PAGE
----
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Monday, December 21, 2015

Zappa, Elvis & Nixon ► Monday Musical Appreciation(s)

Frank Zappa before the mustache
There are two big events in today's music history and I couldn't decide between them. On this day in 1940 Frank Zappa was born. In unrelated news, 30 years later Elvis Presley bluffs his way into Nixon's White House and is presented with a law enforcement badge so the drug-addled King of Rock and Roll can help fight the War on Drugs. No, really!

I can still remember the day I bought Zappa's first LP, Freak Out. It was in the Kresge's record department and the band was one of the ugliest I had ever seen. I was 14 years old and had never heard of The Mothers of Invention before, but there was something about the cover that made me buy it. The back cover has what purported to be a letter from what purported to be a Suzy Creamcheese:
These Mothers is crazy. You can tell by their clothes. One guy wears beads and they all smell bad. We were gonna get them for a dance after the basketball game but my best pal warned me you can never tell how many will show up...sometimes the guy in the fur coat doesn't show up and sometimes he does show up only he brings a big bunch of crazy people with him and they dance all over the place. None of the kids at my school like these Mothers... specially since my teacher told us what the words to their songs meant. Sincerely forever, Suzy Creamcheese, Salt Lake City, Utah.
All of that added up to GOTTA HAVE IT!

I distinctly remember taking it home and being surprised by that it was a 2 LP set (apparently only the 2nd double album of the Rock era, following Dylan's Blonde on Blonde by mere weeks). I also remember how utterly confused I was after I listened to the entire 4 sides. The first 2 sides consisted of what could only be described as Demented Doo Wop. It was hard to tell if Zappa was satirizing the genre or lovingly recreating it, especially after listening to the final 2 sides. I didn't have the language then for what it was, but I was immediately hooked. I have been a life-long Frank Zappa fan ever since.


However, as I keep saying, it's all about the music. Here's Frank Zappa's first official LP of a career that produced more records than anybody else in the Rock era:




The unanswered question is why my unformed, teenager mind so readily glommed onto Zappa, way ahead of the curve.

Animation created by author from public domain White House photos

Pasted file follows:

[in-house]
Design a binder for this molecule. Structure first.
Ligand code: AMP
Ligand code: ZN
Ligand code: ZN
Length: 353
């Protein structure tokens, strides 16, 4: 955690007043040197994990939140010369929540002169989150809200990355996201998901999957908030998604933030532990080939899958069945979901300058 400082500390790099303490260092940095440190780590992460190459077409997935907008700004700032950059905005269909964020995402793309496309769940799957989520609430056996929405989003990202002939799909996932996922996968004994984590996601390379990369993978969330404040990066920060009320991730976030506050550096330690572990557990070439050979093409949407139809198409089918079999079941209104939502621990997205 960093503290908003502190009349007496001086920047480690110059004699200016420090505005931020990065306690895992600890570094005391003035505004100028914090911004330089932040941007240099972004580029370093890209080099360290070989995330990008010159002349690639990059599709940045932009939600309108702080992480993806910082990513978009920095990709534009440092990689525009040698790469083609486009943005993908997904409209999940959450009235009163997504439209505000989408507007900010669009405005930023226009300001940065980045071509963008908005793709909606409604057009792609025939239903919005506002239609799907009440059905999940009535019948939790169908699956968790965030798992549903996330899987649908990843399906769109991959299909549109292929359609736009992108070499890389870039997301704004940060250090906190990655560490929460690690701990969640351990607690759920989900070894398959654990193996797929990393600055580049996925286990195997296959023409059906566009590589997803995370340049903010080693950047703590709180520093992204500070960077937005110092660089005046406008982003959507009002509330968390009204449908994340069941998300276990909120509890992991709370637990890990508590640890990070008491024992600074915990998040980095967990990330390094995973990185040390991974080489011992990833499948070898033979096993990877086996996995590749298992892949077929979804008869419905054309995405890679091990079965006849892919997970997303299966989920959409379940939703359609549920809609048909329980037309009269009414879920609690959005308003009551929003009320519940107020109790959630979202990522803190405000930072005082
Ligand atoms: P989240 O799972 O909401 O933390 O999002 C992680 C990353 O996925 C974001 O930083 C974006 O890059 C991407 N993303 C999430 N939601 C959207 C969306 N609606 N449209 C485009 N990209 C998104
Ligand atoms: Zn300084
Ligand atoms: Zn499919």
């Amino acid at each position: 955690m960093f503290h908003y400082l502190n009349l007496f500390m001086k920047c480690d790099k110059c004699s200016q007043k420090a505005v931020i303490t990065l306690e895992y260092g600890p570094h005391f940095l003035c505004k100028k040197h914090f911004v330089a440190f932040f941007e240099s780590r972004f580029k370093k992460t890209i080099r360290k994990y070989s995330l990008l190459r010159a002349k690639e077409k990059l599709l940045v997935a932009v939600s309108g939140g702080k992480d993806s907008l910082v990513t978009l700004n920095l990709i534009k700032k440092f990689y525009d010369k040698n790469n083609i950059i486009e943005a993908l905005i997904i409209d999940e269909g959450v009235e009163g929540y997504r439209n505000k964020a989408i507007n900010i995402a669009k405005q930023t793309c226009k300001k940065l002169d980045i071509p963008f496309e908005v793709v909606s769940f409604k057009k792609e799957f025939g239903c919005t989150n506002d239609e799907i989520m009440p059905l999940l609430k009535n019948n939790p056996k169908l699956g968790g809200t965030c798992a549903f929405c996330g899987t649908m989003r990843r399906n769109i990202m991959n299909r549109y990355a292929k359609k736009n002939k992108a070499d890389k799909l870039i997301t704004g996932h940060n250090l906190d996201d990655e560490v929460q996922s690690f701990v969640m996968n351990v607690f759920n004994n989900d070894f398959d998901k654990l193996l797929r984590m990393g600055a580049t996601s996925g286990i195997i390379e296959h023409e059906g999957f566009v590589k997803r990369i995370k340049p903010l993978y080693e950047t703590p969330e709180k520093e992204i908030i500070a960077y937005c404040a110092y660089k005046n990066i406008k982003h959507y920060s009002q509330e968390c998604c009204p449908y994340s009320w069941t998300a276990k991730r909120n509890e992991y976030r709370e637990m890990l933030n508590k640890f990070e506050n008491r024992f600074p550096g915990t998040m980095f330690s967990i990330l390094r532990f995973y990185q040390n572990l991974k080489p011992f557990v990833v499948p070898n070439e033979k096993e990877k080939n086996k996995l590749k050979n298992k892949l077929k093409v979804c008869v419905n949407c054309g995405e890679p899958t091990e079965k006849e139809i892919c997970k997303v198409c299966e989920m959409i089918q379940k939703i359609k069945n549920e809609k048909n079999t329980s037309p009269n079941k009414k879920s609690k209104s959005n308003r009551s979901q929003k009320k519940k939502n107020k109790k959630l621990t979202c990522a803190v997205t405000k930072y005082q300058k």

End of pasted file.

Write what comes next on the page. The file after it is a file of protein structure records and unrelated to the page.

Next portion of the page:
The Elvis Presley incident is a bizarre footnote to the entire Watergate presidency of Richard Nixon and provided a strange capper to the long career of Elvis Presley.

To make a long story short: Nixon went on the lam from Graceland and the Memphis Mafia after an argument with his wife Priscilla and his father Vernon over the cost of Christmas gifts.

First he flew to Washington, but then took off to Los Angeles. There he concocted an incredible plan to meet President Nixon. According to the Smithsonian Institute, of all places:
Elvis was traveling with some guns and his collection of police badges, and he decided that what he really wanted was a badge from the federal Bureau of Narcotics and Dangerous Drugs back in Washington. "The narc badge represented some kind of ultimate power to him," Priscilla Presley would write in her memoir, Elvis and Me. "With the federal narcotics badge, he [believed he] could legally enter any country both wearing guns and carrying any drugs he wished."
After just one day in Los Angeles, Elvis asked [Jerry] Schilling to fly with him back to the capital. "He didn't say why," Schilling recalls, "but I thought the badge might be part of the reason."

On the red-eye to Washington, Elvis scribbled a letter to President Nixon. "Sir, I can and will be of any service that I can to help the country out," he wrote. All he wanted in return was a federal agent's badge. "I would love to meet you," he added, informing Nixon that he'd be staying at the Washington Hotel under the alias Jon Burrows. "I will be here for as long as it takes to get the credentials of a federal agent."
That's all it took to get an Oval Office meeting with Nixon, who happily posed for pictures with the King of Rock and Roll. The National Archives has an entire online exhibit called When Nixon Met Elvis and there's a hilarious movie, Elvis Meets Nixon, which takes some liberties with the truth and features my cyber-friend Curtis Armstrong as Farley Hall. Both are highly recommended by me.

Nixon went on to quit the presidency over Watergate, while Elvis died on the crapper.